33. 33. Task 1: Results 250 750 1250 1750 Added latency (ms) 0.0 0.1 0.2 0.3 0.4 0.5 0.6 0.7 0.8 0.9 1.0 Likelihoodoffeelingaddedlatency Slow SE (base) Slow SE Fast SE (base) Fast SE 250 750 1250 1750 Added latency (ms) 0.0 0.1 0.2 0.3 0.4 0.5 0.6 0.7 0.8 0.9 1.0 Increaserelativetobaselikelihood Slow SE Fast SE §  Delays <500ms are not easily noticeable §  Delays >1000ms are noticed with high likelihood
  34. 34. Task 2: Procedure §  Participant submitted 50 navigational queries §  After each query submission they provided an estimation of the search latency in milliseconds §  Search latency was set to a fixed amount (500 – 2750ms), using a step of 250ms §  Each latency value (e.g., 0, 250, 500) was introduced 5 times, in a random order §  A number of training queries was submitted without any added delay
  35. 35. Task 2: Results Fig. 1: Slow search engine 1750 2000 2250 2500 2750 Actual latency (ms) 0 500 1000 1500 2000 2500 3000 3500 4000 4500 5000 Predictedlatency(ms) Actual Males Females Average 750 1000 1250 1500 1750 2000 2250 2500 2750 Actual latency (ms) 0 500 1000 1500 2000 2500 3000 3500 4000 4500 5000 Predictedlatency(ms) Actual Males Females Average Fig. 2: Fast search engine
  36. 36. Study 2: Impact of Latency on Search Experience
  37. 37. Experimental Design § Two independent variables •  Search latency (0, 750, 1250, 1750) •  Search site speed (slow, fast) § Search latency was adjusted by a desired amount using a custom-made JS deployed through the Greasemonkey extension § 20 participants (female=10, male=10)
  38. 38. Procedure §  Participants performed four search tasks •  Evaluate the performance of four different backend search systems •  Submit as many navigational queries from a list of 200 randomly sampled web domains •  For each query they were asked to locate the target URL among the first ten results of the SERP §  Training queries were used to allow participants to familiarize themselves with the “default” search site speed
  39. 39. Questionnaires §  User Engagement Scale (UES) •  Positive affect (PAS) •  Negative affect (NAS) •  Perceived usability •  Felt involvement and focused attention §  IBM’s Computer System Usability Questionnaire (CSUQ) •  System usefulness (SYSUSE) §  Custom statements
  40. 40. Descriptive Statistics (M) for UE and SYSUSE §  Positive bias towards SEfast §  SEfast participants were more deeply engaged §  SEfast participants’ usability perception was more tolerant to delays SEslow latency SEfast latency 0 750 1250 1750 0 750 1250 1750 Post-Task Positive Affect 16.20 14.50 15.50 15.20 20.50 19.00 20.80 19.30 Post-Task Negative Affect 7.00 6.80 7.60 6.90 6.80 7.40 7.40 7.20 Frustration 3.20 3.10 2.90 3.30 2.80 3.00 3.50 2.60 Focused Attention 22.80 22.90 19.90 22.20 27.90 26.60 23.90 29.50 SYSUS 32.80 28.90 29.80 27.90 35.20 31.30 29.80 33.20
  41. 41. Correlation Analysis of Beliefs and Reported Scales Correlation Matrix Beliefs postPAS postNAS FA CSUQ- SYSUS custom-1 custom-2 custom-3 SEslow will respond fast to my queries .455** .041 0.702** .267 .177 .177 .082 SEslow will provide relevant results .262 -.083 .720** .411** .278 .263 .232 SEfast will respond fast to my queries -.051** .245 .341* .591** .330* .443** .624** SEfast will provide relevant results -.272 .133 -.133 .378* .212 .259 .390* *. Correlation is significant at the .05 level (2-tailed). **. Correlation is significant at the .01 level (2-tailed)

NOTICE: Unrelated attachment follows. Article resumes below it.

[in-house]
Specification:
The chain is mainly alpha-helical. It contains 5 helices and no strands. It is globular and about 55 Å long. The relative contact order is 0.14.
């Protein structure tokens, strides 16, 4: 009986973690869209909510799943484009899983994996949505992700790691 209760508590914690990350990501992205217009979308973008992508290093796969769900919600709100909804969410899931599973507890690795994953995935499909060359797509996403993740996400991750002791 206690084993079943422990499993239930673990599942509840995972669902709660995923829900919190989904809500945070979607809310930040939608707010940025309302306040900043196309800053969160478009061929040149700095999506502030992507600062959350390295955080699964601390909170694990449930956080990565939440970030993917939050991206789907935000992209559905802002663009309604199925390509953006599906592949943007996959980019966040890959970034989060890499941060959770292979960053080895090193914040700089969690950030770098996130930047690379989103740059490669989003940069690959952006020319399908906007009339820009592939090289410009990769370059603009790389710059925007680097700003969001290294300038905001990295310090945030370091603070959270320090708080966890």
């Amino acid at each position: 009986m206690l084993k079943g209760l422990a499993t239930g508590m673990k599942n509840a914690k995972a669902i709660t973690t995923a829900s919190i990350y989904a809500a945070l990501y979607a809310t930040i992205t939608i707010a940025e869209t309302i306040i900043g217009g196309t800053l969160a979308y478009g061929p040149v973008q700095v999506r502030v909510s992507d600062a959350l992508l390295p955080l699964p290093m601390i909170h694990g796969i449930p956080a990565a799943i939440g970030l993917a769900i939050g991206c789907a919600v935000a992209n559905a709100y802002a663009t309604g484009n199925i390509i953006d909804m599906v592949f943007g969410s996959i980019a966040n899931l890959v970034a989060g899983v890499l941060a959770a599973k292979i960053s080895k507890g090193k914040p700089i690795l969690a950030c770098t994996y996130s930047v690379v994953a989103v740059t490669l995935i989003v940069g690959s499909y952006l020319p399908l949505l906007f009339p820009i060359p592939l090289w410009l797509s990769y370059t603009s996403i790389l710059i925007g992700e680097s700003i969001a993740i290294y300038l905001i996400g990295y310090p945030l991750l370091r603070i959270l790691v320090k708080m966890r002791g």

42. 42. Query Log Analysis
  43. 43. Query Log and Engagement Metric §  Random sample of 30m web search queries obtained from Yahoo §  We use the end-to-end (user perceived) latency values §  To control for differences due to geolocation or device, we select queries issued: •  Within the US •  To a particular search data center •  From desktop computers §  We quantify engagement using the clicked page ratio metric
  44. 44. 0.0 0.2 0.4 0.6 0.8 1.0 0.4 0.6 0.8 1.0 1.2 1.4 Clickedpageratio(normalizedbythemax) Latency (normalized by the mean) Variation of Clicked Page Ratio Metric
  45. 45. 0.02 0.04 0.06 0.08 0.10 0.12 0 250 500 750 100012501500 17502000 0.8 0.9 1.0 1.1 1.2 1.3 Fractionofquerypairs Click-on-fast/Click-on-slow Latency difference (in milliseconds) Click-on-fast Click-on-slow Ratio Eliminating the Effect of Content §  q1 = q2 & SERP1 = SERP2 §  500ms of latency difference is the critical point beyond which users are more likely to click on a result retrieved with lower latency
  46. 46. Eliminating the Effect of Content 0.02 0.04 0.06 0.08 0.10 0.12 0 250 500 750 100012501500 17502000 0.8 0.9 1.0 1.1 1.2 1.3 Fractionofquerypairs Click-more-on-fast/Click-more-on-slow Latency difference (in milliseconds) Click-more-on-fast Click-more-on-slow Ratio §  q1 = q2 & SERP1 = SERP2 §  Clicking on more results becomes preferable to submitting new queries when the latency difference exceeds a certain threshold (1250ms)
  47. 47. Conclusions
  48. 48. Conclusions §  Up to a point (500ms) added response time delays are not noticeable by the users §  After a certain threshold (1000ms) the users can feel the added delay with very high likelihood §  Perception of search latency varies considerably across the population!
  49. 49. Conclusions §  The tendency to overestimate or underestimate system performance biases users’ interpretations of search interactions and system usability §  Participants of the SE_fast: •  were generally more deeply engaged •  their usability perception was more tolerant to delays
  50. 50. Conclusions §  Given two content-wise identical result pages, users are more likely to click on the result page that is served with lower latency §  500ms of latency difference is the critical point beyond which users are more likely to click on a result retrieved with lower latency §  Clicking on more results becomes preferable to submitting new queries when the latency difference exceeds a certain threshold (1250ms)
  51. 51. Thank you for your attention! arapakis@yahoo-inc.com iarapakis